Everybody deserves to have friends, a person or people who love and care about them. For a special needs child, this can be the biggest challenge of all. Kilee is profoundly autistic; she is 15 years old and has never had a friend. Kilee has limited language abilities so she cannot tell us how she feels, or what she dreams about, or what she hopes for. She can't even tell us she would like to have a friend. With words, at least.
Kilee has never been invited to a birthday party, or a Christmas party, or a play date with a child her age. When I came into Kilee's life four years ago as her full-time stepparent, I thought this was unique to Kilee. After all, Kilee was prone to outbursts -- she could roar and stomp with the best of them, an expression of frustration that was a little "abnormal" as a toddler but downright impressive and even scary when she grew in height and stature. If she really got going she would pull out chunks of her own hair, and if you got to close to her at these times, she might pull out a chunk of somebody else's.
At one time or another, she has left an impression on pretty well every classroom or sports team she has been part of. So I kind of got it, that Kilee could be a handful, and maybe she intimidated others with her displays of intensity. And then there is language, or lack of it, a pretty hard bridge to cross when communicating to someone who has trouble responding to questions, never mind initiating conversation.
The Kilee I know, though, has a beautiful spirit and a sweetness that makes her easy to love. My sister Daniele said it to me the other day: "I fell in love with her instantly!" The smallest of things delight her -- a handful of her favorite nut makings, the suggestion of doing her craft beads, the music on her iPod. There are not many teenagers of 15 that express their joy and affection for others as openly as Kilee does. Kilee brings a lot of joy to our lives and I am certain that there are kids who are empathetic and patient enough to appreciate her gifts.
Kilee is showing her dad and me that she wants to socialize with kids her own age. Every time one of my children's friends would come over, she lights up, often she starts laughing, or blush with excitement. As Andre Picard wrote in an article in the Globe and Mail about the isolation of a special needs child, friendship seems to be more difficult for kids with special needs as they get older.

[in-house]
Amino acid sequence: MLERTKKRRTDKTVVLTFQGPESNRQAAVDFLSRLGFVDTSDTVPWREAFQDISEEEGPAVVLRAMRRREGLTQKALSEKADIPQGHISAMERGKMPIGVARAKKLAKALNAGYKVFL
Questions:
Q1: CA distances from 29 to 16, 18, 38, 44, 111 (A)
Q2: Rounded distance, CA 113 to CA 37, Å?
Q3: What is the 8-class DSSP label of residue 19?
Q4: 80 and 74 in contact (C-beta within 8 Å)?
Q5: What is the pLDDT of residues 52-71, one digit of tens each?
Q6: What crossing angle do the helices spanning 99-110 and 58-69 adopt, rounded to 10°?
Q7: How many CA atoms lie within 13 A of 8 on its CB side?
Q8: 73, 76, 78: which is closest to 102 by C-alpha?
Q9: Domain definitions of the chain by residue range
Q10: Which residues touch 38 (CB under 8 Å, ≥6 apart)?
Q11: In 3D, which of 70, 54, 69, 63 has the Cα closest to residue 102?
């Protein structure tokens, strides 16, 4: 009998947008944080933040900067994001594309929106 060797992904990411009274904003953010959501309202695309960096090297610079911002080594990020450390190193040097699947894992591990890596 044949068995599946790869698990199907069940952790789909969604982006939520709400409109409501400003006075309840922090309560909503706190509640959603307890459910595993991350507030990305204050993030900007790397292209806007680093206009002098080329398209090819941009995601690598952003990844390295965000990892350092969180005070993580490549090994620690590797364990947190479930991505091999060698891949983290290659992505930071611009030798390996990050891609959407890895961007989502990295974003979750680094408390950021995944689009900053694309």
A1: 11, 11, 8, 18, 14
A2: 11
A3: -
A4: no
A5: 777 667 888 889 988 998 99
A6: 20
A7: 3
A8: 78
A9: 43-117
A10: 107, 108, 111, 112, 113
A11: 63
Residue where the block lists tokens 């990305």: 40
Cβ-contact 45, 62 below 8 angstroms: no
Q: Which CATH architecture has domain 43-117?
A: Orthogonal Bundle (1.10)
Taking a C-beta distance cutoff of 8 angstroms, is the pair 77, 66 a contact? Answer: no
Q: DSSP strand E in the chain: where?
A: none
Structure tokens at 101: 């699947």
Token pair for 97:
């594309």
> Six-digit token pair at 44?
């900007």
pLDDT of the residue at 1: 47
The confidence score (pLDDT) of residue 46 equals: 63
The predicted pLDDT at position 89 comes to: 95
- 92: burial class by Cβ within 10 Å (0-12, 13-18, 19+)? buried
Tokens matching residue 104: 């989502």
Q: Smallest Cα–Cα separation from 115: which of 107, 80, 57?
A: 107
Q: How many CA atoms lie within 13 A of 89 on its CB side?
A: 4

Teenagers want to hang out with other teenagers and do things, and there are so many things Kilee can't do. They also become more independent about who they want to hang out with, and parents' messages about inclusion can't be forced onto them. As our kids have gotten more involved with sleepovers at friends' houses and parties on weekends, the gap between Kilee's life and that of a neurologically normal child seems to have gotten much larger.
My children play with Kilee, they will play Jenga Kilee's way -- which is to scream with delight when the wooden tower of blocks crashes to the ground; my daughter will help Kilee colour and paint; they both will walk the dog with her or take her on a run skiing. Kilee loves when my kids play with her, and I wonder if she realizes this is family, not friends; and I wonder if it matters.
I long for another child to love Kilee just for who she is, to share her delight at bursting bubbles, at pouring paint out of the container, over and over and over again. I long for Kilee to have a friend who isn't afraid of her when she escalates, or suddenly bites her hand and stomps her feet. Sometimes, as our other three children plan their weekend around sleepovers and parties, I wish for it as much as I have wished for anything for my other children.
The longer that I think about it, the more I wonder if the problem is not Kilee but my own perception of what Kilee should have from life, my own biased judgment about what a good life looks like. I observe Kilee's isolation, but I don't always reflect on the many positive interactions she has with other teenagers on a weekly basis -- a young girl at school who chooses to come into Kilee's classroom and read magazines with her each week.
I remember seven-year-old Molly last week, laughing with Kilee as they played Angry Birds on the iPod together; I think about dance class and the four special girls who dance each week with Kilee, how they hold her hand as she enters the circle, led by the beautiful energy of her teacher Tracy. These are friends. Perhaps not in the same way that the other kids have friends who sleep over or talk on the phone together, but friends. These teenage girls know Kilee, they dance with her, they join her when she is laughing, and look at her quizzically and ask what's wrong if she cries. I think of Megan, an adult friend who has chosen to stay in Kilee's life since she was born, taking her for walks, to her home for dinner, to the park to play.
Maybe it is my own fear, my fear that Kilee will be alone, that no one will love her, which feeds my insecurity about her relationships. After all, for all the people who approach Kilee with fear, or indifference, there are many others in her life who treat her with respect, forgive her outbursts and seek to build a relationship with her. Loneliness is the greatest disability a person can have, and with all the challenges Kilee already has, I want her to have one of life's greatest joys -- real friendship. Maybe one day Kilee will develop a friendship, one that is give and take, and one that is lasting and joyful. On the other hand, perhaps I need to celebrate the simple fact that there are people in Kilee's life who love her, and love is powerful regardless of whether it is coming from a parent, a stepsister, a caregiver or a friend.
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